How side-mounted LEDs can help fix VR's "tunnel vision" and nausea problems
// Ars Technica
Microsoft Research's "SparseLightVR" project, without the sheer plastic screen that is eventually used to better diffuse the array of 80 LEDs. (credit: Microsoft Research)
The current world of consumer-grade virtual reality has a bit of a tunnel-vision problem. As realistic as VR can feel, even the most expensive headsets are restricted to a 110-degree field of view, compared to the over 180 degrees of real-world vision. While most early industry enthusiasts have been able to get past that issue, a team at Microsoft Research has not.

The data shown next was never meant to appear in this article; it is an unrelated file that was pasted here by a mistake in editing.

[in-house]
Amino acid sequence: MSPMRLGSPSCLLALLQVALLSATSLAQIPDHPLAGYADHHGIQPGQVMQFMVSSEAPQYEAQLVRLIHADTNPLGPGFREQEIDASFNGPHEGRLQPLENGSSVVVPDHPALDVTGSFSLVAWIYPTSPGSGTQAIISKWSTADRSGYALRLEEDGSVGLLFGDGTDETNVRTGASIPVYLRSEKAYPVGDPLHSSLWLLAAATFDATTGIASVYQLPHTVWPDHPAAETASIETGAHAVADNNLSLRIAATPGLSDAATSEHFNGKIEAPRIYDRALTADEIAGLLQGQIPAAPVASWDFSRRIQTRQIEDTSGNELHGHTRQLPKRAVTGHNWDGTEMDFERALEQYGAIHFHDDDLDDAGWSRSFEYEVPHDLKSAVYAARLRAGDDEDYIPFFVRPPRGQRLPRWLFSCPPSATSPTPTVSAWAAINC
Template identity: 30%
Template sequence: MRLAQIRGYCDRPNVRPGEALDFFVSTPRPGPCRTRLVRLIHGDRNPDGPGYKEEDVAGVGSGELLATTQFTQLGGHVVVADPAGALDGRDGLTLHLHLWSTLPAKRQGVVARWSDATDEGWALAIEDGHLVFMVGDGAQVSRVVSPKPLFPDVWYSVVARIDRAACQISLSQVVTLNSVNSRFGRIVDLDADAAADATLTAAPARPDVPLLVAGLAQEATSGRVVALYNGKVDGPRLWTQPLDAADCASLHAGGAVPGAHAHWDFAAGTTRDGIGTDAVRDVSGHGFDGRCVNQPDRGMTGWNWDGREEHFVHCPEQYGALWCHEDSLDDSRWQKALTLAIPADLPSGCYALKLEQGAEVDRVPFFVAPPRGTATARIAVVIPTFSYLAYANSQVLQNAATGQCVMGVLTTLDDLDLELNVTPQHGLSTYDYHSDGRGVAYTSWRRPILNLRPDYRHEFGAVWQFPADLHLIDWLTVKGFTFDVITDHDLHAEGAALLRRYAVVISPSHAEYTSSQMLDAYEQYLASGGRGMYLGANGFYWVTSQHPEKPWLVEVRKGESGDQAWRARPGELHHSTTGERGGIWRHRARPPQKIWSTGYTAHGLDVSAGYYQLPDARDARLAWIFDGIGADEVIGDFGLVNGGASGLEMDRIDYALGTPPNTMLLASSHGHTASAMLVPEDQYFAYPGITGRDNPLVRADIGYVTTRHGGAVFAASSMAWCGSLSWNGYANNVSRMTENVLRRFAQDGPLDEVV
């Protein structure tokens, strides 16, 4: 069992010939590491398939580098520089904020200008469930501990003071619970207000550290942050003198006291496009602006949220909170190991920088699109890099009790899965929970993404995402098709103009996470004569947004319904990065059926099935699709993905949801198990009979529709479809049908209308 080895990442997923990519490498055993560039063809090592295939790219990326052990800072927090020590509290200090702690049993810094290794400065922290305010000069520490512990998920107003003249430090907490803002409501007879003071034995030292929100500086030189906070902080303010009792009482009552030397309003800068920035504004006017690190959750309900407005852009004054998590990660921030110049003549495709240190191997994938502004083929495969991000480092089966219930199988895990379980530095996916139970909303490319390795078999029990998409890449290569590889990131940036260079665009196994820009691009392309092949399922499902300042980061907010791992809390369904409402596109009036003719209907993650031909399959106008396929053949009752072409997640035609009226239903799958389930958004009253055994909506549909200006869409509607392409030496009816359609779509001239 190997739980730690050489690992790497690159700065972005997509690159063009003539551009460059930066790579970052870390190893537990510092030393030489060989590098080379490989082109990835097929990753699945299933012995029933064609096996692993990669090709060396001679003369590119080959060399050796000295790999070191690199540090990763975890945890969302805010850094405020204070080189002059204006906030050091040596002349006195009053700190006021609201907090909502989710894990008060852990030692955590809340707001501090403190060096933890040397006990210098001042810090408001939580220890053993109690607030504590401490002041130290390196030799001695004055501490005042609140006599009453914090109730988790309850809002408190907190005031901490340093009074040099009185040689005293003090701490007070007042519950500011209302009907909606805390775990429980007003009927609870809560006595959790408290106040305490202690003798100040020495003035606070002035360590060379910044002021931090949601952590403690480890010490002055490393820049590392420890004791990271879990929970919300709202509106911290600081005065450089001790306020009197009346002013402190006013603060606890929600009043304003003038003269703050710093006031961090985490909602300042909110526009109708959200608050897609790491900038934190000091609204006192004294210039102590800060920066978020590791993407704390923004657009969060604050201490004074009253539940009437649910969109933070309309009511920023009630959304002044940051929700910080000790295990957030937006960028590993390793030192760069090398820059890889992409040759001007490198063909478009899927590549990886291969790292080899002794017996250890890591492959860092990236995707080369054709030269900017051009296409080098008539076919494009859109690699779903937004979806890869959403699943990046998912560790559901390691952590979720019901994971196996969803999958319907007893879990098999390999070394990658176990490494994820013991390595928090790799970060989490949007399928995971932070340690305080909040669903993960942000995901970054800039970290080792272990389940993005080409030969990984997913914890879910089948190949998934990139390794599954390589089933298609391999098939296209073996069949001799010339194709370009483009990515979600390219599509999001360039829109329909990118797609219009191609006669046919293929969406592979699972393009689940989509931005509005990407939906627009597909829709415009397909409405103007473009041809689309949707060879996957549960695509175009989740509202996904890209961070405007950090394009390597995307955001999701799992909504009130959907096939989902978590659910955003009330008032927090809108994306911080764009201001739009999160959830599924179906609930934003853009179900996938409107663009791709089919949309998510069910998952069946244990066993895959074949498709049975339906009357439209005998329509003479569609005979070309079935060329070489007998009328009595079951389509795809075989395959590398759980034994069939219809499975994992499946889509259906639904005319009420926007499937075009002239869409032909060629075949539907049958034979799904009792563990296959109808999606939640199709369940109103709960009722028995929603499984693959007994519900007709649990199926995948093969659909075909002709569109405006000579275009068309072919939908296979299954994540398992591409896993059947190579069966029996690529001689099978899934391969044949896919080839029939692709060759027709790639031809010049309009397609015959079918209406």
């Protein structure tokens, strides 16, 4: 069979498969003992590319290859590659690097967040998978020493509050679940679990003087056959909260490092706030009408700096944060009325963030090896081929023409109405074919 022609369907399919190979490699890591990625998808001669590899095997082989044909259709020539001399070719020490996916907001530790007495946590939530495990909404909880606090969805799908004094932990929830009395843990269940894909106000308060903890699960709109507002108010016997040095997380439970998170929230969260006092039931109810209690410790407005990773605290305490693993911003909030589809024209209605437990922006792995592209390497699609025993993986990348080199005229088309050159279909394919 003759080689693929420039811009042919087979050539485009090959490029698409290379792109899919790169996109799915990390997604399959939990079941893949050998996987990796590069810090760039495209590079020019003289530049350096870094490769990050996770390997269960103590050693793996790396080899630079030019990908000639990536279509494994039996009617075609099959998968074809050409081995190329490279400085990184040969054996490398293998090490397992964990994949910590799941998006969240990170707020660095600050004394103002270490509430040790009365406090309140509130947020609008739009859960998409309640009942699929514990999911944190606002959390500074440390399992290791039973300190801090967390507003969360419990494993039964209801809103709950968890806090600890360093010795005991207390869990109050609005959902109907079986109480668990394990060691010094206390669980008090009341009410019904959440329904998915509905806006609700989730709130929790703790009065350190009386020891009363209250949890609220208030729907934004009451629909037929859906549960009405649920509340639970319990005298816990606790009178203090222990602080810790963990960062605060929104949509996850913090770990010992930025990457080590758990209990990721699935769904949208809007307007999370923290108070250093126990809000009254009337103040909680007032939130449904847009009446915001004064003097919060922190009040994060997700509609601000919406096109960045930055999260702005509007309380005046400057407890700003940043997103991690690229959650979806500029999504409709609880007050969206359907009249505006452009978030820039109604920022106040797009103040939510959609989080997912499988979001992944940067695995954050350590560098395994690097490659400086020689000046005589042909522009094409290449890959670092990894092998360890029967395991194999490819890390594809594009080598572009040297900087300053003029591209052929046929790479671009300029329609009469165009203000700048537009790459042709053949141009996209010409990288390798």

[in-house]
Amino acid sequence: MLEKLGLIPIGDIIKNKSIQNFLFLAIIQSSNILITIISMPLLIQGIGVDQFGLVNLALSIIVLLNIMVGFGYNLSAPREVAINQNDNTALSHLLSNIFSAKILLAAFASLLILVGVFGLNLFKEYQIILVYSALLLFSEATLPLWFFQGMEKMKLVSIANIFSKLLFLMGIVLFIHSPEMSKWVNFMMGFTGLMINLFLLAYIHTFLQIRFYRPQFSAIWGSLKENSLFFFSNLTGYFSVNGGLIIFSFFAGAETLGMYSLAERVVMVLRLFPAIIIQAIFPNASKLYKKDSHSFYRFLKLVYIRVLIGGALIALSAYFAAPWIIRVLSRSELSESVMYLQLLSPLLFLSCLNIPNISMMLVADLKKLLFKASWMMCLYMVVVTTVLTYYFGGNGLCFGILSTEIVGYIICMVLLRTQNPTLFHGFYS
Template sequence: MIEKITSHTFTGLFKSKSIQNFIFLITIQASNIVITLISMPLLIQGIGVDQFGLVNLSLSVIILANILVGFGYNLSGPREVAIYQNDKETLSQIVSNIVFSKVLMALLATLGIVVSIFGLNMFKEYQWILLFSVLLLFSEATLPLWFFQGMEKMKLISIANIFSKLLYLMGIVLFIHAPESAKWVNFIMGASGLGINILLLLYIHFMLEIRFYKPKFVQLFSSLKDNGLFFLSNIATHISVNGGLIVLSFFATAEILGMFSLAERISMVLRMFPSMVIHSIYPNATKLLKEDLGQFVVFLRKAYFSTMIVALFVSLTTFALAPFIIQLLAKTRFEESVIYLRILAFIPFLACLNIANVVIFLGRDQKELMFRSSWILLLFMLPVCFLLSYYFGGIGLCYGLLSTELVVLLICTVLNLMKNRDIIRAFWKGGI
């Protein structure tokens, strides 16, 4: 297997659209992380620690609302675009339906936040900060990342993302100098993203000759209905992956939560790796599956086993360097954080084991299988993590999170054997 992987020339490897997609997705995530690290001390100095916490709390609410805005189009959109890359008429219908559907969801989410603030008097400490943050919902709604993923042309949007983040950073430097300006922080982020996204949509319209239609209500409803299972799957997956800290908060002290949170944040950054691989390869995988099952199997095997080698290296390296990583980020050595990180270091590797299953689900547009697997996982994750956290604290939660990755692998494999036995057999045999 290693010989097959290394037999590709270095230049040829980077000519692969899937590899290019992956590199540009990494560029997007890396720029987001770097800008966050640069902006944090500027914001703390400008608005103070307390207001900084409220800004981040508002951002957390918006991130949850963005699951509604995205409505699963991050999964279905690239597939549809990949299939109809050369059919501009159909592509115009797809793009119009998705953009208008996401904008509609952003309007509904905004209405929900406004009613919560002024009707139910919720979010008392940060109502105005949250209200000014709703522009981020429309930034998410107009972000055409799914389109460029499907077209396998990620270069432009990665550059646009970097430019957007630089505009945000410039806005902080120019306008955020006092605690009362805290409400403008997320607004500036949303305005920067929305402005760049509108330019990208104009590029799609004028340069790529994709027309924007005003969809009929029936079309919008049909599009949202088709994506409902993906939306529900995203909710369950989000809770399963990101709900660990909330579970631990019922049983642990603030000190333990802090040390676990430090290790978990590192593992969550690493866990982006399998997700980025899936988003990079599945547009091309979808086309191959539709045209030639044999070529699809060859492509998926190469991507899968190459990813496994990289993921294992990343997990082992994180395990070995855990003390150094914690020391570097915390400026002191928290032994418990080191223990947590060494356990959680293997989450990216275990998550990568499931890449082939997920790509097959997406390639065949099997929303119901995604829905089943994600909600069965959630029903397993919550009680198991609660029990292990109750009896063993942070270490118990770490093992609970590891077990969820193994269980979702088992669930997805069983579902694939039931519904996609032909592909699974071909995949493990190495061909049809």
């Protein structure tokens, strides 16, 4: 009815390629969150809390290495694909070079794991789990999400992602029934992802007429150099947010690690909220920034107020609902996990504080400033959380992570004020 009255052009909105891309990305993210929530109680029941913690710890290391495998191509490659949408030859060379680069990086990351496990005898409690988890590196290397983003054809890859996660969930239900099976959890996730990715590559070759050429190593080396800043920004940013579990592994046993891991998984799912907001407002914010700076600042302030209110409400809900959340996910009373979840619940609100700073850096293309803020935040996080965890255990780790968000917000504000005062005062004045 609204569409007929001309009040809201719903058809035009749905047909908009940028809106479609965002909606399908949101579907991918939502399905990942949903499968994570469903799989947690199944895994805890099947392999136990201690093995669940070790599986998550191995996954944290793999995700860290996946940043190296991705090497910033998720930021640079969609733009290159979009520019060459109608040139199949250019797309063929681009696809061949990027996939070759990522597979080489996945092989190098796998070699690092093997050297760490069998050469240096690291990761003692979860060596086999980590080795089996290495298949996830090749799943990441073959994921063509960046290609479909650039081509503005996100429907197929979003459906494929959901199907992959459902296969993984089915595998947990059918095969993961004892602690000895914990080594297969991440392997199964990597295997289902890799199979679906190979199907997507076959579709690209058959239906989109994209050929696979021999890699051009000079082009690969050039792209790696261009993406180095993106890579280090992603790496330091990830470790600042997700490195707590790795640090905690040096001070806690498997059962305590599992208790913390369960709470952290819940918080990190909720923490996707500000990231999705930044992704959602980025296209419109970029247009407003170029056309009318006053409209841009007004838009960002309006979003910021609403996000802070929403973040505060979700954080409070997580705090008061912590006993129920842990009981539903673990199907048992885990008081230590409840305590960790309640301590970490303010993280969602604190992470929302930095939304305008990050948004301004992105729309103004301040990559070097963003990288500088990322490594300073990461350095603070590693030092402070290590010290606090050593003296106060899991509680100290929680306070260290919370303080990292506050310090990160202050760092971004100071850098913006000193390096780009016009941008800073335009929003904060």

"You don't realize when you're playing with Oculus or other [headsets] how much black there really is in the device," Carnegie Mellon PhD candidate Robert Xiao said in an interview with Ars Technica. "You strap it on, and the first thing your eyes focus on is the middle part, the bright screen. You don't realize how much of the visual field is taken up by black, empty space."
Xiao, who served as a Microsoft Research intern in 2015 as part of his work in CMU's Human Computer Interaction Institute, decided to focus on that blackness in his first major Microsoft project. Alongside senior researcher Hrvoje Benko, Xiao came up with an idea borne mostly from affordability: a cheap array of LEDs to fill in the rest of a VR headset's dark spots. (The results of their findings were published in CHI'16 last week.)
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